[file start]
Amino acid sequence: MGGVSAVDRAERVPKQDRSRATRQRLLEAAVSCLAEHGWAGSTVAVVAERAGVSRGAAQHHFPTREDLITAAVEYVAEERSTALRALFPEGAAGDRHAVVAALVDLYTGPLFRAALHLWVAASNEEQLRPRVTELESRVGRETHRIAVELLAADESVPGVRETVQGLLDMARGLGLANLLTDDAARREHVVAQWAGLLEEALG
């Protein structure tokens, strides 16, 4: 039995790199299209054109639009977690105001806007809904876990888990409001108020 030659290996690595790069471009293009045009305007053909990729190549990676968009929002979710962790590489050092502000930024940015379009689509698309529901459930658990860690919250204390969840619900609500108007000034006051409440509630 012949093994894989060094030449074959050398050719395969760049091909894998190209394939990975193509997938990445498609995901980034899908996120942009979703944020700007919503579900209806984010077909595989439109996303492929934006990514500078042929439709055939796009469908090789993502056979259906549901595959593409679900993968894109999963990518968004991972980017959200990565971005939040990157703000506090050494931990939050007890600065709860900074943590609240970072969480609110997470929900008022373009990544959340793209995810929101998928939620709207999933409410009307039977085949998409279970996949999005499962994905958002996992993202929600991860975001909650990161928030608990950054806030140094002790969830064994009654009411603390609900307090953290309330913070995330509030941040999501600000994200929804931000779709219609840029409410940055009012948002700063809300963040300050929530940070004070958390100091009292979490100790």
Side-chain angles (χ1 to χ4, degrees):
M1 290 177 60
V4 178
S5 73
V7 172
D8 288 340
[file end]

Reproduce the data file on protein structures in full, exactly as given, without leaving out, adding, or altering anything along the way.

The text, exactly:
Amino acid sequence: MGGVSAVDRAERVPKQDRSRATRQRLLEAAVSCLAEHGWAGSTVAVVAERAGVSRGAAQHHFPTREDLITAAVEYVAEERSTALRALFPEGAAGDRHAVVAALVDLYTGPLFRAALHLWVAASNEEQLRPRVTELESRVGRETHRIAVELLAADESVPGVRETVQGLLDMARGLGLANLLTDDAARREHVVAQWAGLLEEALG
């Protein structure tokens, strides 16, 4: 039995790199299209054109639009977690105001806007809904876990888990409001108020 030659290996690595790069471009293009045009305007053909990729190549990676968009929002979710962790590489050092502000930024940015379009689509698309529901459930658990860690919250204390969840619900609500108007000034006051409440509630 012949093994894989060094030449074959050398050719395969760049091909894998190209394939990975193509997938990445498609995901980034899908996120942009979703944020700007919503579900209806984010077909595989439109996303492929934006990514500078042929439709055939796009469908090789993502056979259906549901595959593409679900993968894109999963990518968004991972980017959200990565971005939040990157703000506090050494931990939050007890600065709860900074943590609240970072969480609110997470929900008022373009990544959340793209995810929101998928939620709207999933409410009307039977085949998409279970996949999005499962994905958002996992993202929600991860975001909650990161928030608990950054806030140094002790969830064994009654009411603390609900307090953290309330913070995330509030941040999501600000994200929804931000779709219609840029409410940055009012948002700063809300963040300050929530940070004070958390100091009292979490100790």
Side-chain angles (χ1 to χ4, degrees):
M1 290 177 60
V4 178
S5 73
V7 172
D8 288 340